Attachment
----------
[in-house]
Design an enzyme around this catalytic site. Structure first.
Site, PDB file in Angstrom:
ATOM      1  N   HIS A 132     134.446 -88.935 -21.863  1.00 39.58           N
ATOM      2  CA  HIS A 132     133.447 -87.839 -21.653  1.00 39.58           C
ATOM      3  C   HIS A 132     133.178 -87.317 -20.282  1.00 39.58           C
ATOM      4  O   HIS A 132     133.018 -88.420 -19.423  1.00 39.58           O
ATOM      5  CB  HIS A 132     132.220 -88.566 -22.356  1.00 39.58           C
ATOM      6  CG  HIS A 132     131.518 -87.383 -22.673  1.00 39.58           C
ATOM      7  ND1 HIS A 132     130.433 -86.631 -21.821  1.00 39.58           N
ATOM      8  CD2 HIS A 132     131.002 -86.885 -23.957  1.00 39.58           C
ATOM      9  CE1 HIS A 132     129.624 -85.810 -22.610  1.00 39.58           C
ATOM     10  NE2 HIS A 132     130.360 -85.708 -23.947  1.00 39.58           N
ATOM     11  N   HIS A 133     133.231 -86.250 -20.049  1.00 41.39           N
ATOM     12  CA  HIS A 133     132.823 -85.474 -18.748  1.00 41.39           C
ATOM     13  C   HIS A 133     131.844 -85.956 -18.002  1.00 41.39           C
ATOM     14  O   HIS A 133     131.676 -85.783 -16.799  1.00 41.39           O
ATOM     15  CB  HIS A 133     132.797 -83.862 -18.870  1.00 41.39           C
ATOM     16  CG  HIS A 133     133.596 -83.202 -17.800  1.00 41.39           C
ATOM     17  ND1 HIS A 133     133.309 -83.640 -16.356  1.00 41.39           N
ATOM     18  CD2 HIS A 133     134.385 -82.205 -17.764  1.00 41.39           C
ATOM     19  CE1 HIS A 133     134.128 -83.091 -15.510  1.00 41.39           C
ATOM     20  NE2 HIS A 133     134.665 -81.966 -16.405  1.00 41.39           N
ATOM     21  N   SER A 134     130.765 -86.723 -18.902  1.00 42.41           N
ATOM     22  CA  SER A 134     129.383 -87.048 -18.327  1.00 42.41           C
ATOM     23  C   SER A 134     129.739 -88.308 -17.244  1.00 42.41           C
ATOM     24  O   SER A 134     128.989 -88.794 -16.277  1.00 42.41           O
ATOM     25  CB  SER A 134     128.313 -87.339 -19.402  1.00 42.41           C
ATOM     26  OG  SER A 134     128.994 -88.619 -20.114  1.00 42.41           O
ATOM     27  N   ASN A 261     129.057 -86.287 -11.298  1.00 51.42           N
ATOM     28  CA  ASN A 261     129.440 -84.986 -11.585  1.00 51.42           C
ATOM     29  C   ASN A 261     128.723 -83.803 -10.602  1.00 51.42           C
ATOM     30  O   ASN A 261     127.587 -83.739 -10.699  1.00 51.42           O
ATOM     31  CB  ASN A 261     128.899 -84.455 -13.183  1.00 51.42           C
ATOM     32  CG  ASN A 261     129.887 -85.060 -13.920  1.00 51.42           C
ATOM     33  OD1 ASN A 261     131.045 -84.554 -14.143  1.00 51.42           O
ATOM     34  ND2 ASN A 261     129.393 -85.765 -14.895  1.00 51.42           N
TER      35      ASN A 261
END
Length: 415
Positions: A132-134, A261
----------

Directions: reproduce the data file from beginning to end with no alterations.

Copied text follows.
[in-house]
Design an enzyme around this catalytic site. Structure first.
Site, PDB file in Angstrom:
ATOM      1  N   HIS A 132     134.446 -88.935 -21.863  1.00 39.58           N
ATOM      2  CA  HIS A 132     133.447 -87.839 -21.653  1.00 39.58           C
ATOM      3  C   HIS A 132     133.178 -87.317 -20.282  1.00 39.58           C
ATOM      4  O   HIS A 132     133.018 -88.420 -19.423  1.00 39.58           O
ATOM      5  CB  HIS A 132     132.220 -88.566 -22.356  1.00 39.58           C
ATOM      6  CG  HIS A 132     131.518 -87.383 -22.673  1.00 39.58           C
ATOM      7  ND1 HIS A 132     130.433 -86.631 -21.821  1.00 39.58           N
ATOM      8  CD2 HIS A 132     131.002 -86.885 -23.957  1.00 39.58           C
ATOM      9  CE1 HIS A 132     129.624 -85.810 -22.610  1.00 39.58           C
ATOM     10  NE2 HIS A 132     130.360 -85.708 -23.947  1.00 39.58           N
ATOM     11  N   HIS A 133     133.231 -86.250 -20.049  1.00 41.39           N
ATOM     12  CA  HIS A 133     132.823 -85.474 -18.748  1.00 41.39           C
ATOM     13  C   HIS A 133     131.844 -85.956 -18.002  1.00 41.39           C
ATOM     14  O   HIS A 133     131.676 -85.783 -16.799  1.00 41.39           O
ATOM     15  CB  HIS A 133     132.797 -83.862 -18.870  1.00 41.39           C
ATOM     16  CG  HIS A 133     133.596 -83.202 -17.800  1.00 41.39           C
ATOM     17  ND1 HIS A 133     133.309 -83.640 -16.356  1.00 41.39           N
ATOM     18  CD2 HIS A 133     134.385 -82.205 -17.764  1.00 41.39           C
ATOM     19  CE1 HIS A 133     134.128 -83.091 -15.510  1.00 41.39           C
ATOM     20  NE2 HIS A 133     134.665 -81.966 -16.405  1.00 41.39           N
ATOM     21  N   SER A 134     130.765 -86.723 -18.902  1.00 42.41           N
ATOM     22  CA  SER A 134     129.383 -87.048 -18.327  1.00 42.41           C
ATOM     23  C   SER A 134     129.739 -88.308 -17.244  1.00 42.41           C
ATOM     24  O   SER A 134     128.989 -88.794 -16.277  1.00 42.41           O
ATOM     25  CB  SER A 134     128.313 -87.339 -19.402  1.00 42.41           C
ATOM     26  OG  SER A 134     128.994 -88.619 -20.114  1.00 42.41           O
ATOM     27  N   ASN A 261     129.057 -86.287 -11.298  1.00 51.42           N
ATOM     28  CA  ASN A 261     129.440 -84.986 -11.585  1.00 51.42           C
ATOM     29  C   ASN A 261     128.723 -83.803 -10.602  1.00 51.42           C
ATOM     30  O   ASN A 261     127.587 -83.739 -10.699  1.00 51.42           O
ATOM     31  CB  ASN A 261     128.899 -84.455 -13.183  1.00 51.42           C
ATOM     32  CG  ASN A 261     129.887 -85.060 -13.920  1.00 51.42           C
ATOM     33  OD1 ASN A 261     131.045 -84.554 -14.143  1.00 51.42           O
ATOM     34  ND2 ASN A 261     129.393 -85.765 -14.895  1.00 51.42           N
TER      35      ASN A 261
END
Length: 415
Positions: A132-134, A261